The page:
Ukrainian Church celebrates canonization of victim of godless Bolsheviks (+VIDEO)

Boryspil, Ukraine, November 21

On August 17, the Holy Synod of the Ukrainian Orthodox Church canonized five ascetics of piety, including Hieromartyr Mikhail Podelsky, who was martyred for his faith by the godless communists in 1937. His feast was established as November 27, the day of his martyrdom.

Yesterday, His Beatitude Metropolitan Onuphry of Kiev and All Ukraine led the liturgical glorification of St. Mikhail, together with more than 30 other hierarchs of the Ukrainian Church. The Divine Liturgy with the rite of glorification was celebrated at Holy Protection Cathedral in Boryspil, reports the Information-Education Department of the Ukrainian Orthodox Church.

After the Small Entrance, the rite of glorification was held. According to tradition, the final memorial litiya was served, then the secretary of the Ukrainian Church, His Eminence Metropolitan Anthony of Boryspil, read out the Synodal decision on the canonization of St. Mikhail. Then the life of the saint was read out, followed by the singing of his troparion, kontakion, and magnification, and the veneration of his icon.

Following the reading of the Holy Gospel, the Ukrainian primate offered an archpastoral word, urging his flock to offer God the fruits of a pious and holy life. One such beautiful fruit of the Church is the Hieromartyr Mikhail, he emphasized.     

Prayers were also offered for the previous Ukrainian primate, His Beatitude Metropolitan Vladimir, on the occasion of the 86th anniversary of his birth.

Following the service, Met. Anthony presented Met. Onuphry with an icon of the newly-glorified saint.


St. Mikhail was born on May 21, 1878 in Nizhyn, in the Chernigov Governorate, in a family of priests and clergy. Mikhail was the fifth of seven children.

The future martyr learned to read in church, then continued his education at the Chernigov Theological School. On January 2, 1906, he became the head psalmist at a local church, and from there began his gradual formation as a cleric.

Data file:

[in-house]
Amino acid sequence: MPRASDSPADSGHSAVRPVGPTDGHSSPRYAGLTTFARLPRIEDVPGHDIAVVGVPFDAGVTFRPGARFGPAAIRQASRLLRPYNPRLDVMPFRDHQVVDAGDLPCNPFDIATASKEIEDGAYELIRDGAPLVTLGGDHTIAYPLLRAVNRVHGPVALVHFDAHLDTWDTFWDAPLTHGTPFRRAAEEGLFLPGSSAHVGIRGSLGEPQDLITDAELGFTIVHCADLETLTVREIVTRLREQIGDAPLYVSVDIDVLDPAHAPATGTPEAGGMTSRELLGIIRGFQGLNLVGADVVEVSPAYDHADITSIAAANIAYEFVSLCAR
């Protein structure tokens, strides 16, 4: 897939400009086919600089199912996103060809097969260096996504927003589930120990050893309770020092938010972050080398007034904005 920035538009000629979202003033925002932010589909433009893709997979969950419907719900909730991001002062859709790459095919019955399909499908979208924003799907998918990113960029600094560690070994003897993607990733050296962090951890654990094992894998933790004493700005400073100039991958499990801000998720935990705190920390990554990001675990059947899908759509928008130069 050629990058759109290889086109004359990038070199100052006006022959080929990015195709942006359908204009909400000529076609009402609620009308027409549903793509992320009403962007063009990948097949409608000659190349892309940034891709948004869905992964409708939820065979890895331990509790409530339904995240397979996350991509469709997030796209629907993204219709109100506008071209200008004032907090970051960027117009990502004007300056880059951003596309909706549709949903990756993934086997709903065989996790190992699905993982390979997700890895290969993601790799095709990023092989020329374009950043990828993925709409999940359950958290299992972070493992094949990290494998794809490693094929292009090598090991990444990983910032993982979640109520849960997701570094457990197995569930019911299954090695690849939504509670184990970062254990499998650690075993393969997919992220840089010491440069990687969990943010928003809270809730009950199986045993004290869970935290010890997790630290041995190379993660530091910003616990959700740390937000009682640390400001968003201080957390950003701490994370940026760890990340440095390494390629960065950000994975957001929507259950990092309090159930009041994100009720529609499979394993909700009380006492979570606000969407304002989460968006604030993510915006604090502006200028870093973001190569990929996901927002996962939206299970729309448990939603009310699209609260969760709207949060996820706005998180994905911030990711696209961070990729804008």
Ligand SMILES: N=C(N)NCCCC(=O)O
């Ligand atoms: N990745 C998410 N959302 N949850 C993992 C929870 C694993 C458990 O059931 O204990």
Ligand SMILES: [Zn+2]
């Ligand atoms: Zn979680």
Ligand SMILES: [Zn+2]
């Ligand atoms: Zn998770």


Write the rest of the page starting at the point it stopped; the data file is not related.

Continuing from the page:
His further ministry from 1911 is not precisely known, though it is known he was ordained to the diaconate before 1917. During the terrible times of persecution that then came upon the country, St. Mikhail felt called to the priesthood, being ordained in 1925. He served in several parishes, and always maintained loyalty to the canonical Church during a time of schisms and divisions.

Fr. Mikhail was concerned first and foremost for the purity of the faith, the worthy celebration of the Sacraments, and sacrificial Christian love, which greatly irritated the Soviet authorities. In 1930, he was arrested for “counter-revolutionary activities,” but wasn’t convicted.

In 1935, Fr. Mikhail’s church was closed. A strong community rallied around him as a true shepherd and fought for the reopening of the church. They were unsuccessful and their efforts further turned the local authorities against Fr. Mikhail. However, Fr. Mikhail continued to serve in private homes.

The authorities regarded his liturgical gatherings as anti-Soviet rallies, and branded St. Mikhail “an implacable enemy of the Soviet government.”

St. Mikhail was arrested on November 19, 1937, and the very next day, he was sentenced to death based on the testimony of his fellow villagers, though he himself plead not guilty, and though the investigator testified that there was no material evidence in the case. During the interrogations, the martyr answered in such a way so as to protect his parishioners from possible persecution.

Fr. Mikhail was killed at midnight on November 27, 1937, and his body was dumped in a mass grave in the Bikivnyansk Forest.

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Hieromonk Aidan11/29/2021 8:53 pm
Is St. Michael's feast on Nov. 27 according to the old calendar? Or according to the new calendar? And what are the other dates of commemoration for the other newly-glorified Saints? Thanks in advance for any help.
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